The order directs Verizon to "continue production on an ongoing daily basis thereafter for the duration of this order". It specifies that the records to be produced include "session identifying information", such as "originating and terminating number", the duration of each call, telephone calling card numbers, trunk identifiers, International Mobile Subscriber Identity (IMSI) number, and "comprehensive communication routing information".
The information is classed as "metadata", or transactional information, rather than communications, and so does not require individual warrants to access. The document also specifies that such "metadata" is not limited to the aforementioned items. A 2005 court ruling judged that cell site location data – the nearest cell tower a phone was connected to – was also transactional data, and so could potentially fall under the scope of the order.
Unique in the Crowd: The privacy bounds of human mobility, a Nature Scientific Reports paper by MIT researchers and colleagues at Belgium's Universite Catholique de Louvain, documents that 95% of "anonymous" location data from cellphone towers can be de-anonymized to the individual level. That is, given data from a region's cellular towers, the researchers can ascribe individuals to 95% of the data-points.
“We show that the uniqueness of human mobility traces is high, thereby emphasizing the importance of the idiosyncrasy of human movements for individual privacy,” they explain. “Indeed, this uniqueness means that little outside information is needed to re-identify the trace of a targeted individual even in a sparse, large-scale, and coarse mobility dataset. Given the amount of information that can be inferred from mobility data, as well as the potentially large number of simply anonymized mobility datasets available, this is a growing concern.”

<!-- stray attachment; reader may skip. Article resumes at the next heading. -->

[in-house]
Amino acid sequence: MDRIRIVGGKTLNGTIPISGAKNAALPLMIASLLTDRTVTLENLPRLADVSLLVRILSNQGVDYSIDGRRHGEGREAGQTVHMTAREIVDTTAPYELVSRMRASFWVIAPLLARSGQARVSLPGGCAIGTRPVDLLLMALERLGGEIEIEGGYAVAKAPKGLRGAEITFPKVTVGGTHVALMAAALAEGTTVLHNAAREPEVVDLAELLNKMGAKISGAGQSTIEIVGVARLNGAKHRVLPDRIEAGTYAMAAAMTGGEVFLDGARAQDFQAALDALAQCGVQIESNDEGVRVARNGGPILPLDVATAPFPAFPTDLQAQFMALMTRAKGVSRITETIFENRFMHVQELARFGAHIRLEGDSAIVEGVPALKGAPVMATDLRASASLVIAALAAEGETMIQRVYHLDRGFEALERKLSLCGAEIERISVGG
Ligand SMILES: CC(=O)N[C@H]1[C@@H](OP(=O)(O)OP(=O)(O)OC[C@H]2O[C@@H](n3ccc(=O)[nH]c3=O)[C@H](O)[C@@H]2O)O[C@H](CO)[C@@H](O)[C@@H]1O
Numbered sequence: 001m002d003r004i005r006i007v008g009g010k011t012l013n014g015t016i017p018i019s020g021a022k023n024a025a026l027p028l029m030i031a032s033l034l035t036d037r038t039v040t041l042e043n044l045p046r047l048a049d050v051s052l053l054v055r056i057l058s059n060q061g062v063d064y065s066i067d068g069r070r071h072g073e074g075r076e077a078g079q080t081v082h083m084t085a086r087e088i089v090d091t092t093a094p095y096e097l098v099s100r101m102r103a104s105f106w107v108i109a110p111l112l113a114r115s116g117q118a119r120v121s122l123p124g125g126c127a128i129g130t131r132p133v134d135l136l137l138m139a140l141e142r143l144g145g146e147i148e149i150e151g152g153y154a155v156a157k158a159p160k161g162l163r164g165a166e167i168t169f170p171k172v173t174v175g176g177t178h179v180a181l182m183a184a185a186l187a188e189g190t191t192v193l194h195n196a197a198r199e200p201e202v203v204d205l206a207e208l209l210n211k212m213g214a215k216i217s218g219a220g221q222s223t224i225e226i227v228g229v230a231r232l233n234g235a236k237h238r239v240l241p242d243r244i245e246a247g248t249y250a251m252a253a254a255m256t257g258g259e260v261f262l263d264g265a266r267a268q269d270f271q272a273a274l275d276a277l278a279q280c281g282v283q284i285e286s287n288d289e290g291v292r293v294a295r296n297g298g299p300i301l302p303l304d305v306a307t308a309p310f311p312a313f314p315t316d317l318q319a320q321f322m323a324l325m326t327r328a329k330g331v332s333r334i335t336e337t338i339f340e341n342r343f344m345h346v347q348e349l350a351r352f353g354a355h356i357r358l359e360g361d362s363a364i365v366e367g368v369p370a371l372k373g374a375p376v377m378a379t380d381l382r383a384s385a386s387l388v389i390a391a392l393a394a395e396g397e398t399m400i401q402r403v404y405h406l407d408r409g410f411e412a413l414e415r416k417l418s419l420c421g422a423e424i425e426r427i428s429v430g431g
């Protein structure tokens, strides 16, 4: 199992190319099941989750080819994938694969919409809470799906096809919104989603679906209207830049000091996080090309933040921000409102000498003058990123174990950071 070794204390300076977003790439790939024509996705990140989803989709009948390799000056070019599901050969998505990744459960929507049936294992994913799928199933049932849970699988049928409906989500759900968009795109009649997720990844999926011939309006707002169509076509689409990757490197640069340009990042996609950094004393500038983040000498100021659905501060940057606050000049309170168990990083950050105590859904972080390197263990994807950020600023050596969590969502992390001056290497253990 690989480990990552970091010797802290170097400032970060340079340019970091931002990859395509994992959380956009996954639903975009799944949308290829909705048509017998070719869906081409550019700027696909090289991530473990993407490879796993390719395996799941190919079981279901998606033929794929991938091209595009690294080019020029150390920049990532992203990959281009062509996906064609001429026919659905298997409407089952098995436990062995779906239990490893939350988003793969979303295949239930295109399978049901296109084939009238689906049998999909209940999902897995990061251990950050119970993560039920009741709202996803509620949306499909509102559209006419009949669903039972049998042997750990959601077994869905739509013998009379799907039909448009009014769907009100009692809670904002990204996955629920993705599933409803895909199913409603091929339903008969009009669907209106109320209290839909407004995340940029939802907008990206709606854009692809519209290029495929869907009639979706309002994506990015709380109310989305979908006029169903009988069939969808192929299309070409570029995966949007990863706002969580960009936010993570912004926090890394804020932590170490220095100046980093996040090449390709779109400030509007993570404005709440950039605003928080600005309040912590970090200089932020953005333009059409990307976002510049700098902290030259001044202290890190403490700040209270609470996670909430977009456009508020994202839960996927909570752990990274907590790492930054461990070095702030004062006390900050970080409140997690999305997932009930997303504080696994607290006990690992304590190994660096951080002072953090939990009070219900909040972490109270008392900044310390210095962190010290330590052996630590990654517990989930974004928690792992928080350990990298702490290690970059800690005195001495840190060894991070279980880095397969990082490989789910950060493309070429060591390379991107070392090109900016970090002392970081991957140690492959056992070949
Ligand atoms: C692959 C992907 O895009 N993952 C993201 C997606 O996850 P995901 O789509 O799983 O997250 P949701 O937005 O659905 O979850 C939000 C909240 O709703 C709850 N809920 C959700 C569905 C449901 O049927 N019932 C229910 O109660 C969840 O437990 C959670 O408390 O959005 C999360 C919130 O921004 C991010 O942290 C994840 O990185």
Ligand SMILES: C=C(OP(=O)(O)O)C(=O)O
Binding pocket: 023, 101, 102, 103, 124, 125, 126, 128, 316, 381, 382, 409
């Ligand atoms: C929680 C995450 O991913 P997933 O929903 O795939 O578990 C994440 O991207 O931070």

The data they studied involved users in an unidentified European country, possibly Belgium, and involved anonymized data collected by their carriers between 2006 and 2007.
Anonymized Phone Location Data Not So Anonymous, Researchers Find [Wired/Kim Zetter]
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is a free Android
app from the Sunlight Foundation that helps you to learn more about your surroundings in seconds. Sitegeist takes public data about the people, housing, history, environment and things to do for any U.S. location and presents it in easy-to-view infographics. Just scroll and swipe your way through the categories to get a feel for the area. Everything from age distributions to political contributions and median home values to record temperatures. It makes complex localized data easy to understand so you can get back to enjoying the neighborhood. The app incorporates publicly available data from a number of sources including the U.S. Census Bureau, InfluenceExplorer.com, the Dark Sky weather API and even Yelp and Foursquare. Sunlight will continue to add and improve on the app as more rich data becomes public."
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The London Underground workers made a funny.
(Thanks, Fipi Lele!)
(Image: source unknown -- if you know it, please leave details in the comments)